Dealing with migraines


I started have migraines when I was in my early 20s and they are so painful. I just had one yesterday and it inspired me to do a post. I wanted to talk about migraines here because I know a lot of people get them and it’s hard to really understand what it’s like unless you’ve had one. Although they present in different ways for everyone, it’s a pain that only migraine sufferers know.

For me, I usually start having symptoms several hours before the migraine starts. I feel tired and confused. I can’t think straight at all. I will have a touch of nausea, but never actually get sick. Then the pressure starts. I get unbelievable pressure on my head, specifically the right side above my eye. I also feel slight numbness on that side as well. That’s the point that I know I’m definitely going to have a migraine. Then eventually the pain starts. It’s a stabbing pain right above my right eyebrow that is so persistent that it makes you feel like you will do ANYTHING to make it stop.

My mom gets migraines as well and she suffered from them really bad when I was in high school. Over the years we have tried to figure out exactly what triggers them for each of us. The only thing we have in common is that they seem to come on when the barometric pressure is high right before a storm. They can also be caused by hormonal fluctuations for me.

Obviously, I’m not a doctor, so if you think you are having migraines it is best to talk with your doctor about what is right for you. I just wanted to share my own personal experience with what helps me.

Below are a few things that I always do when I feel a migraine coming on.

  1. Take two Excedrin immediately. Taking medicine at the first sign of a migraine can help to keep it under control. Not always, but it can. Excedrin is better than any other medicine I’ve tried.
  2. Drink a glass (or two) of water. Sometimes even the slightest bit of dehydration can make the migraine worse. I drink a lot (read: too much) tea every day, so I often don’t get enough water.
  3. Take a hot bath. Nothing is worse than a migraine hitting right in the middle of a work day, but if I am lucky enough to have it happen at home this helps. I’ve found that taking a really hot bath helps to relax my muscles and alleviate some of the pain. I usually throw in some Epsom salts, too.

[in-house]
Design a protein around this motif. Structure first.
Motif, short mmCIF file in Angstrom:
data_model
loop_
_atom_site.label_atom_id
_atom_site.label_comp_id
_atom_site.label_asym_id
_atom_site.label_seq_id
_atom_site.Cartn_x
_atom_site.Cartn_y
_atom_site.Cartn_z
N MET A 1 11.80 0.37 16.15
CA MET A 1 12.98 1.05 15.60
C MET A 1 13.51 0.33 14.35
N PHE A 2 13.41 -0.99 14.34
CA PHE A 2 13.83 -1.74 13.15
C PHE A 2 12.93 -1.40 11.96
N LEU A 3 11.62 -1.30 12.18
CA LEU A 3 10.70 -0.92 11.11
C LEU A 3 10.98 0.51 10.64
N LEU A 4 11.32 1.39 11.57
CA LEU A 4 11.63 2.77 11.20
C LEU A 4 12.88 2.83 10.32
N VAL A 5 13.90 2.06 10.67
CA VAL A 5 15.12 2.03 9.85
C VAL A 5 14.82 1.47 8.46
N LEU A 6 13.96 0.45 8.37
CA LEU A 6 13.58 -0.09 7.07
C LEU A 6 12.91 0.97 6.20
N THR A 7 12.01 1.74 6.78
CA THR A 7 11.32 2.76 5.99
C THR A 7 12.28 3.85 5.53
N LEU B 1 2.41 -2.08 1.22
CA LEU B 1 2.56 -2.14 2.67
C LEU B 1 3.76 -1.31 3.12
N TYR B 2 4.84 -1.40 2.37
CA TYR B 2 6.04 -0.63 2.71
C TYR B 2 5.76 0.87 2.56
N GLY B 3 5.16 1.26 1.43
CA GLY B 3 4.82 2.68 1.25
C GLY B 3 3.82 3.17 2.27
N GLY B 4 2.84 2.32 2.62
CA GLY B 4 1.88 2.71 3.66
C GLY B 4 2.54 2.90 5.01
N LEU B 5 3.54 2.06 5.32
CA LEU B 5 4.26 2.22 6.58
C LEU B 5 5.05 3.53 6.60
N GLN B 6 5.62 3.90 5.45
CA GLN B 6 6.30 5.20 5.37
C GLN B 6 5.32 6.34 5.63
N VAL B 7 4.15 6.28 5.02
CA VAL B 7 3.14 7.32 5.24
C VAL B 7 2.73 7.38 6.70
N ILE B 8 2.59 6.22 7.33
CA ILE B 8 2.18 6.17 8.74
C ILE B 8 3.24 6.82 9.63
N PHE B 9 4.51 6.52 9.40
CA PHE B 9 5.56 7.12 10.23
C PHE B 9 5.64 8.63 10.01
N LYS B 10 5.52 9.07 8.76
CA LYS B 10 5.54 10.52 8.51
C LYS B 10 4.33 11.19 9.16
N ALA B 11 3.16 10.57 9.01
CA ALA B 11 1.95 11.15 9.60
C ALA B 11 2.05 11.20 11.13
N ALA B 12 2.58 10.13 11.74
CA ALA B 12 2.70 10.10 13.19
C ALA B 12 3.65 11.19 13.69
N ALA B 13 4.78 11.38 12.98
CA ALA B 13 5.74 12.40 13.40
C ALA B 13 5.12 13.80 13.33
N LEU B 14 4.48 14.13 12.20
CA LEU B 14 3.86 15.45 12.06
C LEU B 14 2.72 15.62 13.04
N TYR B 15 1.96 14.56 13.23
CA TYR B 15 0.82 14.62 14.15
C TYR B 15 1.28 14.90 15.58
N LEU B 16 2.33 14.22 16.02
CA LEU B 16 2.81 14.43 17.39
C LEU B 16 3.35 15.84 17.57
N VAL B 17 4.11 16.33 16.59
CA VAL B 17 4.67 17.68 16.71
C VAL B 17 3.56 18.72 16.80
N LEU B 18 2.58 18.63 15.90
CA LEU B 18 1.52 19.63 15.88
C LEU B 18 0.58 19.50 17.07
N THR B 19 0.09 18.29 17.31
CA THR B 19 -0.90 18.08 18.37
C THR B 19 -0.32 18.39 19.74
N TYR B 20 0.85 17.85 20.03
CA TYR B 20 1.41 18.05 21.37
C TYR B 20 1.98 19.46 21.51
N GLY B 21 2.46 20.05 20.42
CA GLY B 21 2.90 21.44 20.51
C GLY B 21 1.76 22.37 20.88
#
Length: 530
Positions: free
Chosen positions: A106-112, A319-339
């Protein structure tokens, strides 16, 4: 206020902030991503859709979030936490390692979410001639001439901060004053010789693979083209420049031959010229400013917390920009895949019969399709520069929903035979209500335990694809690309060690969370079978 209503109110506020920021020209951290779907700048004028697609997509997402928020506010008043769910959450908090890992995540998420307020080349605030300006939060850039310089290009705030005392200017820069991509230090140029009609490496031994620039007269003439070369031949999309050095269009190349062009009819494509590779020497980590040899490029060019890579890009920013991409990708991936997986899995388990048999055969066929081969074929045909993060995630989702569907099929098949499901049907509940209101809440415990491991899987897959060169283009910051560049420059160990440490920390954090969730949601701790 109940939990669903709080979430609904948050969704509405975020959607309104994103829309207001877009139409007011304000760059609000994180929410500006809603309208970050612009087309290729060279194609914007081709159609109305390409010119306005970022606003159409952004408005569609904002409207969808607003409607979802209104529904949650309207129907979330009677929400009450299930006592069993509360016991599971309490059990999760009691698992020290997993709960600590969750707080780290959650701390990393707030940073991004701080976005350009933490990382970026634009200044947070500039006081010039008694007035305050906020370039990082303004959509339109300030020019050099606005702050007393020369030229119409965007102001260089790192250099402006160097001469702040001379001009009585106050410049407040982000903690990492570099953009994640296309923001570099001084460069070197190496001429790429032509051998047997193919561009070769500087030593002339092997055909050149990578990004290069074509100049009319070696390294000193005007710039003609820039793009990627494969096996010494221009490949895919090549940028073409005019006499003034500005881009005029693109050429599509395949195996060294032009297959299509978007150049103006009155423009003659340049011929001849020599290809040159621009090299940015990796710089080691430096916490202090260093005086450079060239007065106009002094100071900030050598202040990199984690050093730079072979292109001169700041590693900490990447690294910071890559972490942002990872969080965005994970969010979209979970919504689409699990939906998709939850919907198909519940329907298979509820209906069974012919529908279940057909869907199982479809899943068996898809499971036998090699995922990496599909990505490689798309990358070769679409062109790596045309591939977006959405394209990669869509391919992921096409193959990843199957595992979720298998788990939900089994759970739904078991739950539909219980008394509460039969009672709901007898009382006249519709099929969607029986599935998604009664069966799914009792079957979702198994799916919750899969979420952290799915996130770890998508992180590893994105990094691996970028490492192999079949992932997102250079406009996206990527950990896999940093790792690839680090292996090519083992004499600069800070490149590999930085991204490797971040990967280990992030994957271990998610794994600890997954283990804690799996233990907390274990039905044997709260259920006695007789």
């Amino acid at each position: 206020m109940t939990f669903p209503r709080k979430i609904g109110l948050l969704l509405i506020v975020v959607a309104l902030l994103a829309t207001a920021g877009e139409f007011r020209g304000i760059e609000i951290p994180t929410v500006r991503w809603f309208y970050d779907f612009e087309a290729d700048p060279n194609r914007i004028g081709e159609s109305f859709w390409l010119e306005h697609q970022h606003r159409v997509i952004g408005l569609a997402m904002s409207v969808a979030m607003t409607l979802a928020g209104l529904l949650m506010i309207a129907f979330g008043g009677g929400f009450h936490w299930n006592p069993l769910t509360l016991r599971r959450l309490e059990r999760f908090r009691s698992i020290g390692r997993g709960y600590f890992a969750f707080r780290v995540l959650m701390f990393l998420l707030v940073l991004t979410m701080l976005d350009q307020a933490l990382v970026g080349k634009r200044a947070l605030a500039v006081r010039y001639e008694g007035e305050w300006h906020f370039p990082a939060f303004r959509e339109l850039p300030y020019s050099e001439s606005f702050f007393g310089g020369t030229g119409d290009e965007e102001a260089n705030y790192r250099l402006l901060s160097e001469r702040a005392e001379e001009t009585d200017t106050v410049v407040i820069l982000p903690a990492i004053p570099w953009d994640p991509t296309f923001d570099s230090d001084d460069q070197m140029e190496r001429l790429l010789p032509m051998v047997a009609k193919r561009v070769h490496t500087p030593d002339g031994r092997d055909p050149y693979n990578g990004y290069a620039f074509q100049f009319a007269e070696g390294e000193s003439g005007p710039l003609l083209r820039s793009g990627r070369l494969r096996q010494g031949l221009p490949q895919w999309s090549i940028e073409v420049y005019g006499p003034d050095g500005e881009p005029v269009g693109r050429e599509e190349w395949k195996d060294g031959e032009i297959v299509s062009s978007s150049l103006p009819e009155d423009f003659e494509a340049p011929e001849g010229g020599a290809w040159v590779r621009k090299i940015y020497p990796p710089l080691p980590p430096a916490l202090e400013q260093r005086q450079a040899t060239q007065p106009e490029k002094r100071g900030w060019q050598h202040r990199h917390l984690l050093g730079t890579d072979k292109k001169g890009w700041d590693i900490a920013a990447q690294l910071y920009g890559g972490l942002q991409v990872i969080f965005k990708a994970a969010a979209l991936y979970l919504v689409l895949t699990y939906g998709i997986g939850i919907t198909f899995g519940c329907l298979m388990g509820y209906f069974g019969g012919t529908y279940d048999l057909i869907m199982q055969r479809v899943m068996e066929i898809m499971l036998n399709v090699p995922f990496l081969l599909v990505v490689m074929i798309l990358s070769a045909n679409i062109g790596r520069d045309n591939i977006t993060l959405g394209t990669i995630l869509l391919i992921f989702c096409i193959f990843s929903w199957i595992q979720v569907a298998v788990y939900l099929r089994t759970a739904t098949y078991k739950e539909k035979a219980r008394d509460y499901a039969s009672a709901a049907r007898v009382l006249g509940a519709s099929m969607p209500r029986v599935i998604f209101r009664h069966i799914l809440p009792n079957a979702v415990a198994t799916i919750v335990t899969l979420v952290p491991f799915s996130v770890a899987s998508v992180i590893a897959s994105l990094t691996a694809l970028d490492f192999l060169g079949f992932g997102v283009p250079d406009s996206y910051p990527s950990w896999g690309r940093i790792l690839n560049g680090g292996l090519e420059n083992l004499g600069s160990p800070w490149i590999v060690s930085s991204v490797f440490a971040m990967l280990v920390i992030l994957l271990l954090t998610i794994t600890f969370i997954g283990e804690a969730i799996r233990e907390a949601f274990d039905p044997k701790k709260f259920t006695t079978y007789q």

4. Lie down. I’ve found it is best to lie down and close my eyes if I can. Just staying still and trying to find a comfortable spot can help a lot.
  5. Wait it out. Once I’ve done everything I possibly can, there’s nothing left to do but wait it out.

Do you have any tips or advice for dealing with migraines?


My health and fitness relationship


My relationship with health and fitness is rocky at best. I was a pretty active child and I was always healthy and skinny. Growing up in the country I often played outside, rode my bike, etc. My mom also made a homemade dinner every night, so I wasn’t being fed unhealthy restaurant food.

I’ve never been a fan of organized sports or working out. Once I got to high school I wasn’t running around as much as when I was a kid. I was eating more unhealthy food at school and going out more with my friends. I still remained a normal weight until I reached my early 20s. The freedom of college and the availability of drinking made me gain weight and often left me bloated. I lived on Mexican food and cheap beer for most of college.

After college I lost a little weight and even joined a gym, but I could never stick with it. I steadily gained weight for the next three years. When I moved to Pittsburgh and started grad school I lost a little weight because I was more active and eating less, but once I got comfortable I started drinking more and eating out. Over the past two years I have definitely gained a substantial amount of weight. I’d say probably 20 pounds. Much of it is in my stomach and love handles. I feel uncomfortable and unhealthy.